Are Legal Costs Transferred to You?
Today one of the goals all legal counsel have when providing advice to businesses is for your business to shift all risk to others if possible. Hence, it is very important for someone in your organization to read the fine print in all your contracts, or you may be accepting risk and adding to your scope of work without being paid for it.
The ideal service provider to collaborate with is one that clearly tells you what their scope of work is, does the work they say they will do and stands behind their work.
Less than ideal is the business that asks you to hold them harmless.
There are often more pressing daily needs to meet in your business, and it is likely that the consequence of this risk is not a “front and center” issue. Thus, it is common to have a “wake-up call” and come to the realization it is “too late”.
Therefore, it is wise to take the time now to ask a few questions of your service provider, and delve into a bit of fine print reading.
- How does you service provider detail their scope of work?
- How they stand behind their work? Are they willing to sign and seal?
- Does your service provider have professional liability insurance to cover any error or omission they make?
- Have you reviewed all the contracts in your supply chain to assess if risk has been transferred to someone other than the responsible party?
- Would you be okay with risk being transferred to you by any of the following contractual provisions shown in Table 1?
Nine Silent Contract Provisions Shifting Risk to You
The language in Table 1 are direct contract language quotes. Would it surprise you that these contracts are being agreed to and signed every day?
Here are a few simple best practices to consider implementing:
- Have one of your staff review all of your contracts for indemnity and hold harmless language. Contract review should include but not be limited to all of your:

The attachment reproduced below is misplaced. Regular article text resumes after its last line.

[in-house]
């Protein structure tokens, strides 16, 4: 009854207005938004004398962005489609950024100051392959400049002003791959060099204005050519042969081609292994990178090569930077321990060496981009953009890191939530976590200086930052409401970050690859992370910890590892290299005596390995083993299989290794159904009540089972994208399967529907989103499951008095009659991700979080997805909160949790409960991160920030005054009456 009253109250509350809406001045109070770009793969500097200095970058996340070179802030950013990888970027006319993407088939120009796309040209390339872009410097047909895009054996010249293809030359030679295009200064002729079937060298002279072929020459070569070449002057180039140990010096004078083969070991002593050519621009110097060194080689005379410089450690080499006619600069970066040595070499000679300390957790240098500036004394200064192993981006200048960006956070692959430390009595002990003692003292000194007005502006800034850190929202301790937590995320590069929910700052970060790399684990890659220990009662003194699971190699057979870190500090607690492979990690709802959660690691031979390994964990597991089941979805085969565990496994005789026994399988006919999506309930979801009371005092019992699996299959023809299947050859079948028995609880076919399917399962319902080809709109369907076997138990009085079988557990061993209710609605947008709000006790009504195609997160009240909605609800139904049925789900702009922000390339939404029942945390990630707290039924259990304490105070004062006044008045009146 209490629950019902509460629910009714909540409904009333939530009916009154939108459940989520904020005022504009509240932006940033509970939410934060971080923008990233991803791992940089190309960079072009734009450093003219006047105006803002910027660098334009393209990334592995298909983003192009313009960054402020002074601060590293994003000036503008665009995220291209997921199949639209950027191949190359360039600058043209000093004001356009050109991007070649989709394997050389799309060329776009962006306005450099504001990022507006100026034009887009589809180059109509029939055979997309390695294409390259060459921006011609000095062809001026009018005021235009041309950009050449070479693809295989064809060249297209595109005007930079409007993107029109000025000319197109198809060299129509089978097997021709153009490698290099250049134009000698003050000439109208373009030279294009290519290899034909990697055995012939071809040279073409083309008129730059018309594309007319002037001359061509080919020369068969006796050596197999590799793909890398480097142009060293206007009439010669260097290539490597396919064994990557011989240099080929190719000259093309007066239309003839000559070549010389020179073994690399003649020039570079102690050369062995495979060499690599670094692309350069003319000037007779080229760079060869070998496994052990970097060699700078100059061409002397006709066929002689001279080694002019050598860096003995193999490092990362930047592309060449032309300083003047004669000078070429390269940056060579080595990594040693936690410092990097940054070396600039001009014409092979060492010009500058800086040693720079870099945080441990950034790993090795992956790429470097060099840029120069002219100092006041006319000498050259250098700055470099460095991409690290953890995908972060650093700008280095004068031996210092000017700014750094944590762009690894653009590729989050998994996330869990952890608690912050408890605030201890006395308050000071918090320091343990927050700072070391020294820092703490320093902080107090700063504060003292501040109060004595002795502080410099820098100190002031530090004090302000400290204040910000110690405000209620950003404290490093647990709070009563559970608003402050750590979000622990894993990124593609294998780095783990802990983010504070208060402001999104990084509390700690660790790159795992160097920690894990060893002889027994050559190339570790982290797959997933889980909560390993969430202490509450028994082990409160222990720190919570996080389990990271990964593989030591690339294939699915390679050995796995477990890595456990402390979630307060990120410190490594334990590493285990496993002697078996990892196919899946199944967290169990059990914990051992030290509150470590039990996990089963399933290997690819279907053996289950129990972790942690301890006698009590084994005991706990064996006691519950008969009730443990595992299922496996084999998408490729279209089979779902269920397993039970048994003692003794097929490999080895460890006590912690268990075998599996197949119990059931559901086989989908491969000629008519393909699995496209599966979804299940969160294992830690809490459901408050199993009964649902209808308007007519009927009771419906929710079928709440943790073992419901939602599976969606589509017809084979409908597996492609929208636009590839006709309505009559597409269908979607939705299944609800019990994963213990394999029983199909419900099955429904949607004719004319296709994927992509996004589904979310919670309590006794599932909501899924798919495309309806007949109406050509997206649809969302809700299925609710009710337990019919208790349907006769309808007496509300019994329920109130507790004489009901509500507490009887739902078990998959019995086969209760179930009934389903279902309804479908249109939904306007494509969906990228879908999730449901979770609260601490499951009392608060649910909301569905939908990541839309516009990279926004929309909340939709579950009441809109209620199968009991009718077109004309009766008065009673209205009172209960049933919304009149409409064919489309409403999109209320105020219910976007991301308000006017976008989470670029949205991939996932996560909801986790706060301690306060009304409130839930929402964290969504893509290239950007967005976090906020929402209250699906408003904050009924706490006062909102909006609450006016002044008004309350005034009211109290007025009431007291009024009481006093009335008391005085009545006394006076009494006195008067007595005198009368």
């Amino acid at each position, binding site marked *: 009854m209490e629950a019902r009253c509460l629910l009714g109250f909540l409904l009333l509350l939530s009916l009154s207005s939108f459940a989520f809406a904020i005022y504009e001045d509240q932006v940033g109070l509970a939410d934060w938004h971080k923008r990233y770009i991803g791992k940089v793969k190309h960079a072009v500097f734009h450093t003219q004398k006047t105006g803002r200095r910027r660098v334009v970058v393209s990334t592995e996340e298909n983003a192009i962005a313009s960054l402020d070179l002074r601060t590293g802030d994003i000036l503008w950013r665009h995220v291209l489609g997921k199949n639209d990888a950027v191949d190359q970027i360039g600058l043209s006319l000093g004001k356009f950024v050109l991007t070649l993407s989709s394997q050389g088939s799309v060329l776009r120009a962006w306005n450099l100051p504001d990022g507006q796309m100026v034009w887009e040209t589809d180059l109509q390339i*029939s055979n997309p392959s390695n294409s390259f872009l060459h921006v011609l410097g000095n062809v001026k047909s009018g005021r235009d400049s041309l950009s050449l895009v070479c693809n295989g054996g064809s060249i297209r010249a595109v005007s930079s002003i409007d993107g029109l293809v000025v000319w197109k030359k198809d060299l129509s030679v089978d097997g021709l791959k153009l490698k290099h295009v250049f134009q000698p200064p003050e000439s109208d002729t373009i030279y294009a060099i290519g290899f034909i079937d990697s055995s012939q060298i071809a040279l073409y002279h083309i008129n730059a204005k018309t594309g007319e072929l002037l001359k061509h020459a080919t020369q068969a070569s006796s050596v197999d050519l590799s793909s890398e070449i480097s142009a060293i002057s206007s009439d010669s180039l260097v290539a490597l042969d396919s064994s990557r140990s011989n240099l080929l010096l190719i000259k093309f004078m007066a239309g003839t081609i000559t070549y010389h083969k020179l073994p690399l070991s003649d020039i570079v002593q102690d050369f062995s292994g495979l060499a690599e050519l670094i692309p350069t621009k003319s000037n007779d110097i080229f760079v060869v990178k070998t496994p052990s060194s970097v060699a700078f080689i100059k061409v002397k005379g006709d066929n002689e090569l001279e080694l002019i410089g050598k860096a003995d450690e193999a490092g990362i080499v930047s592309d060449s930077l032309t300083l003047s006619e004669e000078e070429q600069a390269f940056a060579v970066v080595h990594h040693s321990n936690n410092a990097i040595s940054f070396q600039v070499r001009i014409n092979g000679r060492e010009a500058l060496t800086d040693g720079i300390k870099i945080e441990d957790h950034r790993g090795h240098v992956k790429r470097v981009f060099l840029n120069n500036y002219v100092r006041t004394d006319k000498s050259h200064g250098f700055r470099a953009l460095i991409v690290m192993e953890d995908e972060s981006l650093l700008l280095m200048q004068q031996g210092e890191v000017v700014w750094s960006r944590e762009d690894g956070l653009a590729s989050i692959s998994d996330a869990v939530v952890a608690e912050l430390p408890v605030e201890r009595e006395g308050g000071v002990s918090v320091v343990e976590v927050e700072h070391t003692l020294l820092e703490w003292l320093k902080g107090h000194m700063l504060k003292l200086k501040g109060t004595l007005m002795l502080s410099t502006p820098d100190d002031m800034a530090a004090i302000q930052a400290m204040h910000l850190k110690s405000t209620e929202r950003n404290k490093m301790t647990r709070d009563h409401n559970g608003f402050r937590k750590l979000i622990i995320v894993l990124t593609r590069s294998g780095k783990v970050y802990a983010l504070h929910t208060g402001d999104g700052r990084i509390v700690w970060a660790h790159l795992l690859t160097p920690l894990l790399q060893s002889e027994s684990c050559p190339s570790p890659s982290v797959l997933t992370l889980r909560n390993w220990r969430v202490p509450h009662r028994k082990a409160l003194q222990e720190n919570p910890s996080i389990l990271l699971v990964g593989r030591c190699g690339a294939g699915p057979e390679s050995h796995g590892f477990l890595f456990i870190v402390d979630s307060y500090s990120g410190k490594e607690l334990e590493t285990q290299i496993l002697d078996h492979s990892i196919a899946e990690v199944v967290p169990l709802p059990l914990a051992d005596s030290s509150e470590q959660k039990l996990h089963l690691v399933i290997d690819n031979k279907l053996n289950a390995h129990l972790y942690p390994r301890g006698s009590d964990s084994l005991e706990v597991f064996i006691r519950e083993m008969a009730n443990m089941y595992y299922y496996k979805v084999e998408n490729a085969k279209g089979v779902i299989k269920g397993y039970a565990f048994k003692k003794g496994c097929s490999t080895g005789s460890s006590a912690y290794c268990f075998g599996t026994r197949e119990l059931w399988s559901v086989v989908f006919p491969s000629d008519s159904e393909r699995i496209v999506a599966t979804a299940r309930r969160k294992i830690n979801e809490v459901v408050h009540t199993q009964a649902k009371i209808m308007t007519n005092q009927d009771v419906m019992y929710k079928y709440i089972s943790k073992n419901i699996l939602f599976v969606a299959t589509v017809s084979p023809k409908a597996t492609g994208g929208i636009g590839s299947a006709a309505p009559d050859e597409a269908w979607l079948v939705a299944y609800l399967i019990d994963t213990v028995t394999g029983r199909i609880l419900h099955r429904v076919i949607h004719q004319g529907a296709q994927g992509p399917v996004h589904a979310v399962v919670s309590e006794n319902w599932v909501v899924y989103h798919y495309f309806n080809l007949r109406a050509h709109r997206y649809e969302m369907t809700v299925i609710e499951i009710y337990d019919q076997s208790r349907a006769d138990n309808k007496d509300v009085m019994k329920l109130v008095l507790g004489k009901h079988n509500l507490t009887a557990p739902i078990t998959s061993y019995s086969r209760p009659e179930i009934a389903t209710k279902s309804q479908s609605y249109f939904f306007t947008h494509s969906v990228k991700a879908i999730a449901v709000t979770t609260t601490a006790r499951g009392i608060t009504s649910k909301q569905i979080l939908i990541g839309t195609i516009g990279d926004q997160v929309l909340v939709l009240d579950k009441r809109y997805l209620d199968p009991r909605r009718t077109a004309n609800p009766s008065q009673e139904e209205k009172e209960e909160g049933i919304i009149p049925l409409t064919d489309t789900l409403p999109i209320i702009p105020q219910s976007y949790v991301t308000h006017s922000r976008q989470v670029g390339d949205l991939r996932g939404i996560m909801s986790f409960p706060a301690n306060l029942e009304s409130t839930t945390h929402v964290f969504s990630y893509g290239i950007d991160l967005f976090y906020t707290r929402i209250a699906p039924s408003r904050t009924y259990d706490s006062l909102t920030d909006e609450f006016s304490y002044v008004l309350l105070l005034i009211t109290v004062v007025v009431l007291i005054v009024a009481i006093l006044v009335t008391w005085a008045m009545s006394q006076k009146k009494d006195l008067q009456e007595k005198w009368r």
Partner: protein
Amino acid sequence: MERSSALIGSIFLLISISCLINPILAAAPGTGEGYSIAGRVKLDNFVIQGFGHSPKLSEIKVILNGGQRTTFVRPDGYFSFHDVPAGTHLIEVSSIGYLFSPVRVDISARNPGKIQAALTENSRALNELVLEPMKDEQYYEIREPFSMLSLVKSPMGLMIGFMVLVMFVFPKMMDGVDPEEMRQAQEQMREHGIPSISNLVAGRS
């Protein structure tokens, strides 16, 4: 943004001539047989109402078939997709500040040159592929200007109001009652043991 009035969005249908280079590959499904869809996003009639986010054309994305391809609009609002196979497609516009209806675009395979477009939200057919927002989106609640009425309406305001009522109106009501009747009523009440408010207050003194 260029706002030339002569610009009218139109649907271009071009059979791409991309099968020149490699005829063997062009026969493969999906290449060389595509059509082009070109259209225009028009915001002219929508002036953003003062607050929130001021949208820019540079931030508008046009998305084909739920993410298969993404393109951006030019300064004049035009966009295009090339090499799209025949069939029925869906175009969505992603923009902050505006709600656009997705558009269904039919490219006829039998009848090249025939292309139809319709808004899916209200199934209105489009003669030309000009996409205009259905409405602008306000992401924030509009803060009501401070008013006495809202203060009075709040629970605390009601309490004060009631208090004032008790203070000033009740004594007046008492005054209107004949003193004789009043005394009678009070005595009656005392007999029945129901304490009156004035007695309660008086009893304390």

- Do you even have a contract? If not, the Uniform Commercial Code and any Common Law will apply.
- Raw material and product supplier relationships.
- “ICC Report” providers (a.k.a ANSI ISO/IEC 17065 accredited third party certification bodies)
- Third party inspectors (a.k.a ISO/IEC 17020 accredited agencies),
- Testing facilities (a.k.a ISO/IEC 17025 accredited agencies),
- Engineering, accounting, legal and other professional service providers, and
- Letter contracts, purchase orders, etc. where reference terms, conditions and warranty language is on website (e.g. https://www.buildgp.com/terms-of-sale/).
- The review goal is to ensure full understanding of the following items:
- Scope of work of each party.
- Scope of responsibility of each party.
- Will they sign and seal their work if they have engineers on staff?
- Will they sign and seal their work if they are a third party inspection firm and have engineers on staff?
- Do they have professional liability insurance?
In summary, there are simple approaches for evaluating suppliers and their willingness to stand behind their work:
- Will they sign their work and take responsibility for it in a manner similar to that of a professional architect or engineer?
- Do they have general liability insurance similar to profession liability insurance, which backs up any scope of work error or omission?
- Will they transparently inform you of their contract’s indemnity and hold harmless provisions, and how they will operate in event of an occurrence?
- How willing are they to work with you to modify contract language to a point where there is agreement that the relationship is fair, risk sharing is fair and the partnership value is mutual?
Reference Documents: The following are external links that were available at the time this article was published. Please see the PDF files attached below for the 2019 contractual language referenced above and publicly published.
- Intertek General Terms & Conditions of Service
- UL Environment Service Agreement
- IAPMO Uniform Evaluation Service Packet
- ICC-ES Evaluation Report Application and ICC-ES Application for Building Product Listing Report